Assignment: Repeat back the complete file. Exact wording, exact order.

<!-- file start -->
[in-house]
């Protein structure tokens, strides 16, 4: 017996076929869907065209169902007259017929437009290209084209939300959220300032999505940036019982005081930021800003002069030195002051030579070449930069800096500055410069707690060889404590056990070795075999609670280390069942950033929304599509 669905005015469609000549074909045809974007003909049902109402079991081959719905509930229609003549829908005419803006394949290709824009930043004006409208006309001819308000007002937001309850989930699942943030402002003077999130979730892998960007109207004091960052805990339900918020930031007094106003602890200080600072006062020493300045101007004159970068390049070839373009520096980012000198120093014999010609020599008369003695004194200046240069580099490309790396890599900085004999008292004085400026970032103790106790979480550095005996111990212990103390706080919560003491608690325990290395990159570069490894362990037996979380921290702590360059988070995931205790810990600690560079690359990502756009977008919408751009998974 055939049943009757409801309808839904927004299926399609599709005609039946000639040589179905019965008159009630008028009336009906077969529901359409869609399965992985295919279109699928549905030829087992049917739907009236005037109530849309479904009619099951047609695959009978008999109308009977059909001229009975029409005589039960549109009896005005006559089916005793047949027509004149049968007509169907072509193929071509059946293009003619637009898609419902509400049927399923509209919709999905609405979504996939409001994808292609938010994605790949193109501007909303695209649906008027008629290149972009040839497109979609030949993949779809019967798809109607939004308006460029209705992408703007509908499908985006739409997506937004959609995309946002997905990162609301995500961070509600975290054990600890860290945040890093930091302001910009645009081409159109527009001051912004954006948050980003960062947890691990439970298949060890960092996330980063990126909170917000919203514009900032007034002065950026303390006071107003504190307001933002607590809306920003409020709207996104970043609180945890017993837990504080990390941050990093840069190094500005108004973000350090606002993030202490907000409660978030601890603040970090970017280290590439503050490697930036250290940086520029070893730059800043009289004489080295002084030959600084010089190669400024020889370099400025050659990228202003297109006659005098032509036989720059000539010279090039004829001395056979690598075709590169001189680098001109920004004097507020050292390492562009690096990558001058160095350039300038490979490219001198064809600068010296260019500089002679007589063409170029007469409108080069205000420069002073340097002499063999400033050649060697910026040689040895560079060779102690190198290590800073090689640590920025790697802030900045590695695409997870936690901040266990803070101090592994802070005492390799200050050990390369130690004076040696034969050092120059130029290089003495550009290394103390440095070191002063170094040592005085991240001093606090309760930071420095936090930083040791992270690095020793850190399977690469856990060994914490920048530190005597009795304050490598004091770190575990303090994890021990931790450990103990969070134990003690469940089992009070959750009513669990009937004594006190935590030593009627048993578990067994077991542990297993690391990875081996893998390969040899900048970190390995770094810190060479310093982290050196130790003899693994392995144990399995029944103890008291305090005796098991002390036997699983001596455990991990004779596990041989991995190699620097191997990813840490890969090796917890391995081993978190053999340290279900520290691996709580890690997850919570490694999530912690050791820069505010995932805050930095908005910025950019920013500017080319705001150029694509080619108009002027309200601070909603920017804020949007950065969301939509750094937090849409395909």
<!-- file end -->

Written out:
[in-house]
């Protein structure tokens, strides 16, 4: 017996076929869907065209169902007259017929437009290209084209939300959220300032999505940036019982005081930021800003002069030195002051030579070449930069800096500055410069707690060889404590056990070795075999609670280390069942950033929304599509 669905005015469609000549074909045809974007003909049902109402079991081959719905509930229609003549829908005419803006394949290709824009930043004006409208006309001819308000007002937001309850989930699942943030402002003077999130979730892998960007109207004091960052805990339900918020930031007094106003602890200080600072006062020493300045101007004159970068390049070839373009520096980012000198120093014999010609020599008369003695004194200046240069580099490309790396890599900085004999008292004085400026970032103790106790979480550095005996111990212990103390706080919560003491608690325990290395990159570069490894362990037996979380921290702590360059988070995931205790810990600690560079690359990502756009977008919408751009998974 055939049943009757409801309808839904927004299926399609599709005609039946000639040589179905019965008159009630008028009336009906077969529901359409869609399965992985295919279109699928549905030829087992049917739907009236005037109530849309479904009619099951047609695959009978008999109308009977059909001229009975029409005589039960549109009896005005006559089916005793047949027509004149049968007509169907072509193929071509059946293009003619637009898609419902509400049927399923509209919709999905609405979504996939409001994808292609938010994605790949193109501007909303695209649906008027008629290149972009040839497109979609030949993949779809019967798809109607939004308006460029209705992408703007509908499908985006739409997506937004959609995309946002997905990162609301995500961070509600975290054990600890860290945040890093930091302001910009645009081409159109527009001051912004954006948050980003960062947890691990439970298949060890960092996330980063990126909170917000919203514009900032007034002065950026303390006071107003504190307001933002607590809306920003409020709207996104970043609180945890017993837990504080990390941050990093840069190094500005108004973000350090606002993030202490907000409660978030601890603040970090970017280290590439503050490697930036250290940086520029070893730059800043009289004489080295002084030959600084010089190669400024020889370099400025050659990228202003297109006659005098032509036989720059000539010279090039004829001395056979690598075709590169001189680098001109920004004097507020050292390492562009690096990558001058160095350039300038490979490219001198064809600068010296260019500089002679007589063409170029007469409108080069205000420069002073340097002499063999400033050649060697910026040689040895560079060779102690190198290590800073090689640590920025790697802030900045590695695409997870936690901040266990803070101090592994802070005492390799200050050990390369130690004076040696034969050092120059130029290089003495550009290394103390440095070191002063170094040592005085991240001093606090309760930071420095936090930083040791992270690095020793850190399977690469856990060994914490920048530190005597009795304050490598004091770190575990303090994890021990931790450990103990969070134990003690469940089992009070959750009513669990009937004594006190935590030593009627048993578990067994077991542990297993690391990875081996893998390969040899900048970190390995770094810190060479310093982290050196130790003899693994392995144990399995029944103890008291305090005796098991002390036997699983001596455990991990004779596990041989991995190699620097191997990813840490890969090796917890391995081993978190053999340290279900520290691996709580890690997850919570490694999530912690050791820069505010995932805050930095908005910025950019920013500017080319705001150029694509080619108009002027309200601070909603920017804020949007950065969301939509750094937090849409395909």